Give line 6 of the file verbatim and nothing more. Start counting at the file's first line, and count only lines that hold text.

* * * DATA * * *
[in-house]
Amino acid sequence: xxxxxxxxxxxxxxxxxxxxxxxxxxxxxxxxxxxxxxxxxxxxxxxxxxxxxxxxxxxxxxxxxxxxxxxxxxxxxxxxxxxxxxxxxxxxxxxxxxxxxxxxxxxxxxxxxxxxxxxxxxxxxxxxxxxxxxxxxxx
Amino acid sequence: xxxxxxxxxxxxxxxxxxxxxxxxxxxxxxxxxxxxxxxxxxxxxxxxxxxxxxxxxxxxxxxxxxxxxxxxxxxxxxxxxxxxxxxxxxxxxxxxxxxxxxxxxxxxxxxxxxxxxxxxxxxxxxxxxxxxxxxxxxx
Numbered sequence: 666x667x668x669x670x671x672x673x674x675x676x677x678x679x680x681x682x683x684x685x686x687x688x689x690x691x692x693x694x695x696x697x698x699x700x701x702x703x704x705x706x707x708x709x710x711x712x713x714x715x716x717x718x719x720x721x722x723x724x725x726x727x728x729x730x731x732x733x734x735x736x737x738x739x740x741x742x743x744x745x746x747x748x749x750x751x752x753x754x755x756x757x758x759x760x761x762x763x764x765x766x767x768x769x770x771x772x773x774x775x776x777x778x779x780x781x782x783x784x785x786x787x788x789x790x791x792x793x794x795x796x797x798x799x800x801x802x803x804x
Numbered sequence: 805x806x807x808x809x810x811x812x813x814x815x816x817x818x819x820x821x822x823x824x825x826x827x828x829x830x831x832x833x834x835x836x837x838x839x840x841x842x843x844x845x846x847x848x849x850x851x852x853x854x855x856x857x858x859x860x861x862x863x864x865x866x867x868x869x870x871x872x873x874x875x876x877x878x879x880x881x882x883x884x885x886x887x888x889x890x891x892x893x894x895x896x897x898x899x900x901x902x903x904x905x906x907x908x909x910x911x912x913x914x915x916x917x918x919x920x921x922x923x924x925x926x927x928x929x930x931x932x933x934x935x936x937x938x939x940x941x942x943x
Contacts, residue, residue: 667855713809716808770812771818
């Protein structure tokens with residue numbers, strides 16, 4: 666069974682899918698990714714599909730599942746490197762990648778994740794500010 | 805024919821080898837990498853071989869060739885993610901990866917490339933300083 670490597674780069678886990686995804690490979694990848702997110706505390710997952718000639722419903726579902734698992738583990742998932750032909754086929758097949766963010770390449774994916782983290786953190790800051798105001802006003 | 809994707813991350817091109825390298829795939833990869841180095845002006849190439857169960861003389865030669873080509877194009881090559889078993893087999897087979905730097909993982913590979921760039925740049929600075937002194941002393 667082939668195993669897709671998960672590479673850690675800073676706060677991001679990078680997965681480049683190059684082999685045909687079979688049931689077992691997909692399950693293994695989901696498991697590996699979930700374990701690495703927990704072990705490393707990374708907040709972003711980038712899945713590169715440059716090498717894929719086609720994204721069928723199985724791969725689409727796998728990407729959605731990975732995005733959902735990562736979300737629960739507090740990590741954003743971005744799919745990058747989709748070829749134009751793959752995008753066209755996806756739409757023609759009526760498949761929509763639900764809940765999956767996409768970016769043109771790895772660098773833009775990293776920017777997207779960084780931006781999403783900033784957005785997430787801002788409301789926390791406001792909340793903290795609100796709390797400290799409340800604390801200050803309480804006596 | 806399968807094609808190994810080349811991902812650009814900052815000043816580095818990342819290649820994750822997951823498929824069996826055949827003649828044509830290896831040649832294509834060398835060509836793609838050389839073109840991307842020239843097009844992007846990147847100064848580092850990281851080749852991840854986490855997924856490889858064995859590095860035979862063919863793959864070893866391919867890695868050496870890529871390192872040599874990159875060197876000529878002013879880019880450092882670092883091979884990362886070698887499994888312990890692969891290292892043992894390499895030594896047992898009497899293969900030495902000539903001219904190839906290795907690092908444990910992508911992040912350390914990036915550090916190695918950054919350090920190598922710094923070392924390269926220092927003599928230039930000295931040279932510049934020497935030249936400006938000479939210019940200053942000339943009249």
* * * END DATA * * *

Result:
Contacts, residue, residue: 667855713809716808770812771818